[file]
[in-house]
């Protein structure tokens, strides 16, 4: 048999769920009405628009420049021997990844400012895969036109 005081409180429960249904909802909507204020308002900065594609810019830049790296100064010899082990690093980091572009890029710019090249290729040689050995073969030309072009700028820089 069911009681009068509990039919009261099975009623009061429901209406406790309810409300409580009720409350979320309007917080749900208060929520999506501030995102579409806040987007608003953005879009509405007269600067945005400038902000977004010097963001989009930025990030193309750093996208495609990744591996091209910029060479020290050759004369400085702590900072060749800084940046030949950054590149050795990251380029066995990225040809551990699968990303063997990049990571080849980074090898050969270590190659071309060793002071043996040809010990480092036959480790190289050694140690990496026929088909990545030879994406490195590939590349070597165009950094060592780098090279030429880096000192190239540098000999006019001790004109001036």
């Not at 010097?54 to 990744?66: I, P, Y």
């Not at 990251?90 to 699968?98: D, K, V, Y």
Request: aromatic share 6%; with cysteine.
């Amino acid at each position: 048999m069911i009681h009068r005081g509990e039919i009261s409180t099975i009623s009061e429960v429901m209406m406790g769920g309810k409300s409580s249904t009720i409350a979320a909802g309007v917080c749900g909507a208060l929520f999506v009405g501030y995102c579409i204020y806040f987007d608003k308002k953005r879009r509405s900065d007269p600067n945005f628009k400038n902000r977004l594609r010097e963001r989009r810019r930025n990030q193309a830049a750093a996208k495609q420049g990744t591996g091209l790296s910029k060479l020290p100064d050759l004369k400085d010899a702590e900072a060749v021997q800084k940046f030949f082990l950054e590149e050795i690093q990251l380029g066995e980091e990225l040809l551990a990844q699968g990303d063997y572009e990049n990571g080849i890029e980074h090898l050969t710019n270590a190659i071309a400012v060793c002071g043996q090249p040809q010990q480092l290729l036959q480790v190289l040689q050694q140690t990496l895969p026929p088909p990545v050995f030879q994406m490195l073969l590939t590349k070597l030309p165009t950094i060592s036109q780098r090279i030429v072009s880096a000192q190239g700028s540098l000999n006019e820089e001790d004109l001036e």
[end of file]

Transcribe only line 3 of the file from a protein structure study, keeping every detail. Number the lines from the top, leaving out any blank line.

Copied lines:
């Not at 010097?54 to 990744?66: I, P, Y």